To pause and think about it.  During the day, before you go to sleep, when you wake up in the middle of the night.  Always thinking about it.  What does King David say to meditate and muse on?  It’s certainly not Disney songs, but it’s God’s Word.  In fact, when David wrote this psalm, the only books of the Bible he had were Genesis, Exodus, Leviticus, Numbers, and Deuteronomy.  Just 5 books.  Mediate on books like Leviticus and Numbers?  Yes!  David just had a few books and we have 66 books, how much more should we prize God’s word and be so thankful for the privilege we have today with a complete Bible!

A preacher in the 1800’s by the name of Charles Spurgeon wrote a warning that goes along with this passage.  He wrote

“Perhaps some of you can claim a sort of negative purity because you do not walk in the way of the ungodly; but let me ask you–Is your delight in the law of God? Do you study God’s Word? Do you make it the man of your right hand–your best companion and hourly guide? If not, this blessing belongeth not to you.”

What Spurgeon is warning is that the person who is not doing bad things but at the same time is really not interested in God’s word, it doesn’t delight them to read it and memorize it.  What he is saying, is that person is not someone who is enjoying the blessings of Psalm 1.  They will not experience the fullness of joy that comes from loving and craving God’s Word.  It is really not about just living a good life.  You can look good on the outside but your heart can be cold towards the Bible on the inside.  It is about a heart that loves God and a mind that cannot stop thinking about His Word.  Good comes forth from a heart the delights in God’s Word.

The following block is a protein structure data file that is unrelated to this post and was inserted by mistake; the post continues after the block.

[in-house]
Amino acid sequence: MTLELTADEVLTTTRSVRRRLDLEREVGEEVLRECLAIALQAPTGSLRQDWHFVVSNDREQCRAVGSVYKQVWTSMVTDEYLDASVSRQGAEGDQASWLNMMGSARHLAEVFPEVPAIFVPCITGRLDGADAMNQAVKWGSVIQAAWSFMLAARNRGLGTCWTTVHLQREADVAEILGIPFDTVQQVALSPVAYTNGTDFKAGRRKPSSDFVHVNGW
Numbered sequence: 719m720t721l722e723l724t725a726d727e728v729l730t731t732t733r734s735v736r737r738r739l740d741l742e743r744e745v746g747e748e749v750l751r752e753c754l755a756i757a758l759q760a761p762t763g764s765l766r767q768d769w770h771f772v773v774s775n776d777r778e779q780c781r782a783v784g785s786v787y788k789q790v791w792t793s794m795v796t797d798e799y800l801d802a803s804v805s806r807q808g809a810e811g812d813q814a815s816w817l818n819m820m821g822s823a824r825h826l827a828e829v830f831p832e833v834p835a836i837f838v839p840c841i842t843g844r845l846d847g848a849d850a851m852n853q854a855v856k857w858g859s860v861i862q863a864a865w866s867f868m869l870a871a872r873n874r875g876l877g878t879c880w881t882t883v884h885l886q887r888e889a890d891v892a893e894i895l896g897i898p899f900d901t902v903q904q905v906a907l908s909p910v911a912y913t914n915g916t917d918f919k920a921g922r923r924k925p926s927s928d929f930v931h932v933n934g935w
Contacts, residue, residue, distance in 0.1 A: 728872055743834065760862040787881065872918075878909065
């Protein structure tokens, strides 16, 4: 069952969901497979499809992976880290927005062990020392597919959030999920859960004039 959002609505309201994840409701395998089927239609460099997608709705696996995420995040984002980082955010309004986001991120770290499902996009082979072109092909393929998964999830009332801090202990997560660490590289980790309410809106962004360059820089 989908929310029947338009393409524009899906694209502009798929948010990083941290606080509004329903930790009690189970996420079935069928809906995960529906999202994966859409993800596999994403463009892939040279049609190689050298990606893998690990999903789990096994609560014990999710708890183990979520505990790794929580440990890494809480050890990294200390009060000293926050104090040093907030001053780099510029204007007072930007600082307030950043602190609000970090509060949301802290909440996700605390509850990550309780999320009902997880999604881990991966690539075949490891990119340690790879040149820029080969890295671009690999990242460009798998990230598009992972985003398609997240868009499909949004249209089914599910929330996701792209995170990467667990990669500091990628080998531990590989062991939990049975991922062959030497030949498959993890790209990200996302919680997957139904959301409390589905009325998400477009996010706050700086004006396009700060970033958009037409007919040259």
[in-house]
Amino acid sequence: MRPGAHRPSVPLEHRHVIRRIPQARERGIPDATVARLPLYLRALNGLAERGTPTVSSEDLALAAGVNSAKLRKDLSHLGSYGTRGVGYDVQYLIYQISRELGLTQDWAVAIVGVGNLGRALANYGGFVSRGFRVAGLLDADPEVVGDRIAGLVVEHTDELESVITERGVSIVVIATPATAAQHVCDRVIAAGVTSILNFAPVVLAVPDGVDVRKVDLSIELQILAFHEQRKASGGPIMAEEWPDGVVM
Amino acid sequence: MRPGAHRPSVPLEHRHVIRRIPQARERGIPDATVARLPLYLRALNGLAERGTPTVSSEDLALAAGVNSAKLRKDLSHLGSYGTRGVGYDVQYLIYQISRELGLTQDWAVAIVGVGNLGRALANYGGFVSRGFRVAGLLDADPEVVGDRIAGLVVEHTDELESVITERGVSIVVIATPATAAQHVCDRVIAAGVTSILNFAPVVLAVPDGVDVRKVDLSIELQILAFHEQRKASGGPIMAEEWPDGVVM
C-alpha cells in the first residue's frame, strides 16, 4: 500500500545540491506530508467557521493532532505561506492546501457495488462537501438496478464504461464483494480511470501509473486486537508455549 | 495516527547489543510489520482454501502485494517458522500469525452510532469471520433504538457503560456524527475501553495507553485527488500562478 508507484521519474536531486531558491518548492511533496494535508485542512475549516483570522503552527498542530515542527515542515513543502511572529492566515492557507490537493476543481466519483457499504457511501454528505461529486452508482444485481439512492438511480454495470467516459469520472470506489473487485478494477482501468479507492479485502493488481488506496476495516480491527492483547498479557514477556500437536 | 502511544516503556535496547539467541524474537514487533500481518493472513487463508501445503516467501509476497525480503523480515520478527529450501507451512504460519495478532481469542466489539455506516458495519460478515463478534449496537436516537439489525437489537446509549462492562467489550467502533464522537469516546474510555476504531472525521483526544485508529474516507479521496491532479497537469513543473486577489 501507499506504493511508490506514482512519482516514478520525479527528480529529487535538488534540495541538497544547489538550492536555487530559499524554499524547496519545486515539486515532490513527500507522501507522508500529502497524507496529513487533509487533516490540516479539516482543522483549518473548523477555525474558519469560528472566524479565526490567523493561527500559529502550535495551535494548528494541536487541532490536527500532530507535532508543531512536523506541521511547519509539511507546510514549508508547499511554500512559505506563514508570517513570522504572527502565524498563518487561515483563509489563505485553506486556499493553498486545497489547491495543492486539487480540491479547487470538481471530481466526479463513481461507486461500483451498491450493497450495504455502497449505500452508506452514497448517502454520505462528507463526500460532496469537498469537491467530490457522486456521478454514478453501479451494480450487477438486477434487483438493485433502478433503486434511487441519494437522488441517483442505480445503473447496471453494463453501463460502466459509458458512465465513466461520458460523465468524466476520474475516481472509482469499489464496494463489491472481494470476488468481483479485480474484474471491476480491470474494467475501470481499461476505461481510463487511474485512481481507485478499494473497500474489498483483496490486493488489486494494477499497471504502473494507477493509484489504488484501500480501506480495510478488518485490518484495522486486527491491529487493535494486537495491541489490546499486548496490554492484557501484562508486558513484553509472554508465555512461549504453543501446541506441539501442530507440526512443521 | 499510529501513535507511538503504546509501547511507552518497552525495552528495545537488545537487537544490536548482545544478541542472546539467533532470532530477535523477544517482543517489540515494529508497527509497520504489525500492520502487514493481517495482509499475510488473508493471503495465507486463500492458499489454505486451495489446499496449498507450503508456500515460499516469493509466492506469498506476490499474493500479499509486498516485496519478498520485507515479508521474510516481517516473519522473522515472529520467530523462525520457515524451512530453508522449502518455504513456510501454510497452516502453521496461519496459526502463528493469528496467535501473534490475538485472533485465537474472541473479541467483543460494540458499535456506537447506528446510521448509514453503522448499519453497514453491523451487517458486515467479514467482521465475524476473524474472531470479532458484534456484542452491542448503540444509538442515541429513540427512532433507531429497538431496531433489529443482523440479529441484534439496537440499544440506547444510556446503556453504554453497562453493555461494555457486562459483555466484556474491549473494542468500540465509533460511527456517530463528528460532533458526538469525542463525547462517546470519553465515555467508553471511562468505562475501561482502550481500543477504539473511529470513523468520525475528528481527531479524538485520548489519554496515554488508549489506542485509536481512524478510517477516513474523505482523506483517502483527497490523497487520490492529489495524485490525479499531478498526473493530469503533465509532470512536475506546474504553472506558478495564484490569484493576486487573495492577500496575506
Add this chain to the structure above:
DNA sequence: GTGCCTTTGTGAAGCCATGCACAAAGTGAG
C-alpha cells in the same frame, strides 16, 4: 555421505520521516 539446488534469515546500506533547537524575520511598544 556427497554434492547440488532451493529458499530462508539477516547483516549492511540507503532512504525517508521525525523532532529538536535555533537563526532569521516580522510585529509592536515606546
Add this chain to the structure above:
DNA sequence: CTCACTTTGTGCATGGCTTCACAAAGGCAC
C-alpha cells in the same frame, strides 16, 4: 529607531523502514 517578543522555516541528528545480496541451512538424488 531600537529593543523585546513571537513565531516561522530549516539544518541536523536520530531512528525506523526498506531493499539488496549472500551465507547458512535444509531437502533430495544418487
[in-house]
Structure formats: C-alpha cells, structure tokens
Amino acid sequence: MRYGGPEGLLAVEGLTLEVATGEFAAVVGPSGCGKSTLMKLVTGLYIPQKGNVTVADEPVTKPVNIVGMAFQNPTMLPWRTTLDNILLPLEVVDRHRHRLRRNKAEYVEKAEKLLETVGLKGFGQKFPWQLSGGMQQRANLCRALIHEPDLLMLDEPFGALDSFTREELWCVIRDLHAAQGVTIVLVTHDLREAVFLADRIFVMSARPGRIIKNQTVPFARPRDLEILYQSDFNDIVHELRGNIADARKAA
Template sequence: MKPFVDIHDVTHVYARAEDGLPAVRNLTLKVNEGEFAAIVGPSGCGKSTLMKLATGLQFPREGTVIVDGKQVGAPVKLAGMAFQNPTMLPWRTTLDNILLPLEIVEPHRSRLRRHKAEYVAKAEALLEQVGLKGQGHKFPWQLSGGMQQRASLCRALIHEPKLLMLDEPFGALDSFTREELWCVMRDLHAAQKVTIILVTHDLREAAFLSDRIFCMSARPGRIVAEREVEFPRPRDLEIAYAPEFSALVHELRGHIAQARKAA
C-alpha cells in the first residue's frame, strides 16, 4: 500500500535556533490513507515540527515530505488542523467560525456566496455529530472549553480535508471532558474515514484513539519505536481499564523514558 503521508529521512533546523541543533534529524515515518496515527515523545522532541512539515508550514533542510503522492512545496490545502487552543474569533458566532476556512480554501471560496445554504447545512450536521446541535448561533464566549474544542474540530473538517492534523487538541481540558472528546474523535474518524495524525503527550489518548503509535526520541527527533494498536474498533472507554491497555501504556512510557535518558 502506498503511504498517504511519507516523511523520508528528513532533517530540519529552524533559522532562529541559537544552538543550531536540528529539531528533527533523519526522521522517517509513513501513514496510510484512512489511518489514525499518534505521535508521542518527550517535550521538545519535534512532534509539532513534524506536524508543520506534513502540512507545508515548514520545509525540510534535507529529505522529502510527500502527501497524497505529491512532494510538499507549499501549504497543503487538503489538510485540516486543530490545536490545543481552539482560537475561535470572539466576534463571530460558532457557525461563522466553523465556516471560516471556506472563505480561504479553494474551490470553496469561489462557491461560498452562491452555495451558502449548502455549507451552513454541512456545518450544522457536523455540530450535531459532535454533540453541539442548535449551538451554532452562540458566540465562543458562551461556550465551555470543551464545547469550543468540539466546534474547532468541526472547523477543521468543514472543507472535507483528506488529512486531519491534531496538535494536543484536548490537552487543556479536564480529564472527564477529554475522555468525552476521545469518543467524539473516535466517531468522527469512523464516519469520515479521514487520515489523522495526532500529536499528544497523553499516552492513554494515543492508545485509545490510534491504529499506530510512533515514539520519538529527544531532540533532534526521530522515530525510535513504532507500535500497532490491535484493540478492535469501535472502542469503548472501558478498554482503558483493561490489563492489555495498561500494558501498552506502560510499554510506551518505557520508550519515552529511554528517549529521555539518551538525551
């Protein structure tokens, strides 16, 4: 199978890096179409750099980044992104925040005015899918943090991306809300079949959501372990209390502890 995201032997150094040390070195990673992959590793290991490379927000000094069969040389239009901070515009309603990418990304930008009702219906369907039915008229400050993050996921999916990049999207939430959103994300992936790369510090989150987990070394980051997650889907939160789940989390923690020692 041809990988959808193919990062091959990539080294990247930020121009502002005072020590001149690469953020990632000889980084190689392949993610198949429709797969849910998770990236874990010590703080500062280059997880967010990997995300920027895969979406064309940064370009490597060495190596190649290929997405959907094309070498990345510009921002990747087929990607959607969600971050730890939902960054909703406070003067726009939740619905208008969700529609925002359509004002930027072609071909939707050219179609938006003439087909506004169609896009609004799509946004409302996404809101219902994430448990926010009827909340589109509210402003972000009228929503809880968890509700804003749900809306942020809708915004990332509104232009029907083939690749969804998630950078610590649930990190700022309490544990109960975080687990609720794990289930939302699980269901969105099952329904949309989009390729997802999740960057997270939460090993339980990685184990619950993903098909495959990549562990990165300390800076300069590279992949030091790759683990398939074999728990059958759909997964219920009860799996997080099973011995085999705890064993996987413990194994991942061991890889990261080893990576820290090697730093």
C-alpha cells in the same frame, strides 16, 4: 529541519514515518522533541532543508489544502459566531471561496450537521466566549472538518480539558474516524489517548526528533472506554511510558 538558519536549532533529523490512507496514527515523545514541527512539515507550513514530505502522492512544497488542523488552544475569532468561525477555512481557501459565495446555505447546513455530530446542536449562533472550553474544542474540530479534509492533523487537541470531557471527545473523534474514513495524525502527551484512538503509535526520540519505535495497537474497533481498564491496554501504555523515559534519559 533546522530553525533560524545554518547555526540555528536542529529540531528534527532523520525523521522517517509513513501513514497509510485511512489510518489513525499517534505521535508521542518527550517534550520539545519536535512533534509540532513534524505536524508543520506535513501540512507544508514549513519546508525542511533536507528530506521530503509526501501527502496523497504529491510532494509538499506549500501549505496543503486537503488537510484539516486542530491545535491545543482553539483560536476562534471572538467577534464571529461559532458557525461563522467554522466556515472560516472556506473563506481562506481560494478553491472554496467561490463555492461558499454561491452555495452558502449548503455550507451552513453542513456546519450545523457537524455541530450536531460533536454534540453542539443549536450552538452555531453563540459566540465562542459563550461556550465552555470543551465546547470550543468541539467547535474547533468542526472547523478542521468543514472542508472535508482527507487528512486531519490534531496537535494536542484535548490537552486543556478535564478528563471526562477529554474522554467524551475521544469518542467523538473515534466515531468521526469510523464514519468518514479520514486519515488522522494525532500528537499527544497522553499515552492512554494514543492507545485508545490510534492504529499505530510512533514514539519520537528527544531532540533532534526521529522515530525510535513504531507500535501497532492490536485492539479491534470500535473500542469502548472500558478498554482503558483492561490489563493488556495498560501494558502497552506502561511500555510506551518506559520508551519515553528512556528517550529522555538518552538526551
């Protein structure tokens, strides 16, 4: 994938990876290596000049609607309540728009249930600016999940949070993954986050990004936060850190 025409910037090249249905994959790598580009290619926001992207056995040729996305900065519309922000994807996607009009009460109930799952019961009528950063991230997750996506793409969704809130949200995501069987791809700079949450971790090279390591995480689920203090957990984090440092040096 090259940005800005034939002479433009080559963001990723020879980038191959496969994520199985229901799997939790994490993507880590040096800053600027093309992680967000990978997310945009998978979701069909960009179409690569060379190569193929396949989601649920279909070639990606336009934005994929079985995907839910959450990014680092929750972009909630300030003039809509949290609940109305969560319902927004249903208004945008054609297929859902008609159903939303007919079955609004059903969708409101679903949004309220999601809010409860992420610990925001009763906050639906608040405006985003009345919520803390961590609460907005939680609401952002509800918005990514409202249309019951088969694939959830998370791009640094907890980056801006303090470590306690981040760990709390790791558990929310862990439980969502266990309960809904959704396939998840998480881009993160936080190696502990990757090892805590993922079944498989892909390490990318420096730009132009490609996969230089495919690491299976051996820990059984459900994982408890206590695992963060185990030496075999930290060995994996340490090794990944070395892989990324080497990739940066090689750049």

A preacher of today named John Piper writes,

“The deepest mark of this happy person in Psalm 1 is that he delights in the Word of God. Bible reading and Bible memory and meditation are not a burden to him, but a pleasure. This is what we want. What a sadness when Bible reading is just a drudgery. Something is wrong.

What shall we do?  We struggle with Bible reading and memory and meditation because we don’t find pleasure in it. We have other things we want to get to more. TV or breakfast or work or newspaper or computer. Our hearts incline to other things and do not incline to the Word. And so it is not a delight.”

This is very sad but I know at times it is true of me and I am guessing if we are all honest, it is true of us all.  

How does meditating on God’s word lead to a heart that delights in the Bible? It starts with memorization.  You cannot muse on something you don’t remember.  The teachers ask you to memorize Bible verses not so that they can put a grade on a report card.  No, so you can hide God’s word in your heart and it will be there to think about when you are in the car, on your bed, walking down the hallway, everywhere!  You think about things you delight in and you delight in things you think about.  One leads to the other.  

My challenge to all you, myself included.  When you talk to yourself, which we all do, all day long, speak life to yourself.  Tell yourself Bible verses.  Meditate on God’s word.  Allow God’s word to saturate your mind and you will find that your heart will grow more and more in love with an amazing God.